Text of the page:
The answer is to get to know yourself very well. You have to pay very close attention not only to the way you feel in practice, but also to how you feel after practice.
As Ashtangis, we tend sometimes to contort ourselves into things, thinking we are making it work when really we’re just forcing our bodies into the wrong motions. And that can be a major mistake, not just in the way we practice but in the way we think.
Experiencing some existential physical pain in the bellies of the muscles from overuse is fairly normal. But when it's your joints, back, knees, or hips, it becomes a question of how to keep doing what you need to do under new physical circumstances, or how to fix them. How do you wake up the pathways so you can intelligently move? It often doesn’t really matter which pose you are working on - that is, it doesn’t matter to anyone except for you. One answer is to work closely with a teacher you trust (for more on that look HERE).
Aside from that, here are a few suggestions!
Keys for Practicing with an Injury
I believe that through mindful communication and teaching, the number of yoga injuries that occur can be greatly reduced. I tell my assistants and students all the time that it’s much easier to adapt the posture to the person than it is to adapt the person to the posture, and I believe this is true both for the care and prevention of injuries. Practicing with an injury is normally something I encourage - doing so smartly can help you maintain strength, flexibility, and balance, as well as helping you better understand your own capabilities.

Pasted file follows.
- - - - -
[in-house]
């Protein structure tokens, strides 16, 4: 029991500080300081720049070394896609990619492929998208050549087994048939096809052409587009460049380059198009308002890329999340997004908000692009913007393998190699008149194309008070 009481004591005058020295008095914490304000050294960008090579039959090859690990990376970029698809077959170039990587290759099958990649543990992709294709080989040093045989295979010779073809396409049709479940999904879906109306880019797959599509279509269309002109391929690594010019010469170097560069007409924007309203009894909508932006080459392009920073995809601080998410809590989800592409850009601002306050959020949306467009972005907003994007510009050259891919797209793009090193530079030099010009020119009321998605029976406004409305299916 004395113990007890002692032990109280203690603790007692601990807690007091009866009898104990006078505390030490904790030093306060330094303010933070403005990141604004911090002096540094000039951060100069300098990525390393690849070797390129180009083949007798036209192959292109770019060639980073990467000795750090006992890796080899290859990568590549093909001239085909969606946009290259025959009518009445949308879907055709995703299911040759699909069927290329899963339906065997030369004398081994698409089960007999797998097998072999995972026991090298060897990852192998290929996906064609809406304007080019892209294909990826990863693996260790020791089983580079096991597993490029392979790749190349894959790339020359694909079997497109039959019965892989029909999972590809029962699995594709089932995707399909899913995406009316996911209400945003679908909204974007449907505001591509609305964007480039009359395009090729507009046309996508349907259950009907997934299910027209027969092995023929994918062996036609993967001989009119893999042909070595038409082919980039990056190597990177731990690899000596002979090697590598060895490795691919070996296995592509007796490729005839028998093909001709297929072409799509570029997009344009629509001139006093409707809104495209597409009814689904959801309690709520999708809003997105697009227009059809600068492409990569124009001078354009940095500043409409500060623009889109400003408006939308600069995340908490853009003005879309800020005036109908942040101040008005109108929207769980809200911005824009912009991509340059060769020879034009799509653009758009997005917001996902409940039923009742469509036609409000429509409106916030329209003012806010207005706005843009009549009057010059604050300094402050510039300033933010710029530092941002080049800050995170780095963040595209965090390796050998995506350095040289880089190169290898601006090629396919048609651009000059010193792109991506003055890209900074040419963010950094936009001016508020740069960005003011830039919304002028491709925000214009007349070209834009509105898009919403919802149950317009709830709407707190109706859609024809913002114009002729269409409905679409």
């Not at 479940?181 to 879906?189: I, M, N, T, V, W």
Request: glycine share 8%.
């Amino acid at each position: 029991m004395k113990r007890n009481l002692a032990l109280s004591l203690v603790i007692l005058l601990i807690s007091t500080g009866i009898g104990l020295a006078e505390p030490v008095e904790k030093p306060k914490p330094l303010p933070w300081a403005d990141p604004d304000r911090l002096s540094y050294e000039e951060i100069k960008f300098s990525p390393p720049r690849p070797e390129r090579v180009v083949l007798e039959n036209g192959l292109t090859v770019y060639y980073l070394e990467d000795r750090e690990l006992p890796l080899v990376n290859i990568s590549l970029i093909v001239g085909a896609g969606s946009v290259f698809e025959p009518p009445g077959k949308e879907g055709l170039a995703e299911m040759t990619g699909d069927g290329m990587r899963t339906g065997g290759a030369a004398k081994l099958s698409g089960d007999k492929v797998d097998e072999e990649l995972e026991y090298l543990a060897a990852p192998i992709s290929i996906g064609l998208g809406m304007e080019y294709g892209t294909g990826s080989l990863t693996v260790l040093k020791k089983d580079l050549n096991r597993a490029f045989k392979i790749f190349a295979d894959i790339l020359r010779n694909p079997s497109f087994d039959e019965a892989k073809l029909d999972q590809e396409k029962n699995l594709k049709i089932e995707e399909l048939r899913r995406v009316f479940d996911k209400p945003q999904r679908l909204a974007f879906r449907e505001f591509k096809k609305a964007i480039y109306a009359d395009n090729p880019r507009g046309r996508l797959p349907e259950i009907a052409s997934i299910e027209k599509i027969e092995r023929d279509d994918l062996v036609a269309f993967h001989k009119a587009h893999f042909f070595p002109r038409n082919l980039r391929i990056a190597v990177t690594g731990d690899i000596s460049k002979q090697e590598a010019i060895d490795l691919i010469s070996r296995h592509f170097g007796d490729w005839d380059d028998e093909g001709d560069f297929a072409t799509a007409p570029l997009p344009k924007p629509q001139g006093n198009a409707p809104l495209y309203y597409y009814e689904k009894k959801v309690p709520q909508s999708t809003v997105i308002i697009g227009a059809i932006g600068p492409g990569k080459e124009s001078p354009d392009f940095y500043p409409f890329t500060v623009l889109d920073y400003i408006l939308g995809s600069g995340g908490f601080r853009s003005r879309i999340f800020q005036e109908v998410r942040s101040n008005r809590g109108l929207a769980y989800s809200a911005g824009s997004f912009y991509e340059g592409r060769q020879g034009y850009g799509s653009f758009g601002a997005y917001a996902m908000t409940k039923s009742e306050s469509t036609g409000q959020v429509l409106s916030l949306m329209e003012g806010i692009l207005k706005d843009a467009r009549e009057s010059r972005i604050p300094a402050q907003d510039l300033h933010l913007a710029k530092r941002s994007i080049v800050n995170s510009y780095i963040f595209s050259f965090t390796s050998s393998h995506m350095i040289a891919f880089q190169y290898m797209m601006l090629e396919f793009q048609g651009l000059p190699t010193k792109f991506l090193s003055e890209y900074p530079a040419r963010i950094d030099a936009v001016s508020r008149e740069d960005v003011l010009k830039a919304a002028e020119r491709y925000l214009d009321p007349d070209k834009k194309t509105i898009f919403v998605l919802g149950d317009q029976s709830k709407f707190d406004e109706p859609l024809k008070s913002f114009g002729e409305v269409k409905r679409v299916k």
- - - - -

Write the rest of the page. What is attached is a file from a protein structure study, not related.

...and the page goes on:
When an injury is acute, you rest. If you sprain an ankle, if you break a toe, if you crash your bike, take a few days to rest. Even if you can practice, don’t. Let your body heal. Maybe this means you need more sleep, maybe it means you need to keep your injury elevated or on ice - as frustrating as this time might be, let the energy of your body redirect itself to healing you. It would also be a good time to get your injury checked out by a medical professional. I don’t suggest taking too much time off from your practice, but usually 48 hours is a good estimate.
In the next stage, the subacute stage, you can begin to practice again. During this time, injuries are typically very susceptible to being re-injured, so practice mindfully, stay focused on the sensations, and avoid moving into your pain. Gradually, you’ll start to rebuild and regain your strength and mobility. Aside from the personal strength of working with your injuries, returning to the mat can also help to increase circulation and blood flow to the injured area.
If you are practicing with an injury that may be related to recurring movements, it’s important to reexamine your patterns. If you are able to invest in private lessons with a skilled teacher, this could help you identify and correct a bad pattern. Be sure to communicate what is going on to your teacher, so that you can work together to rebuild your patterns in a healthy and sustainable way.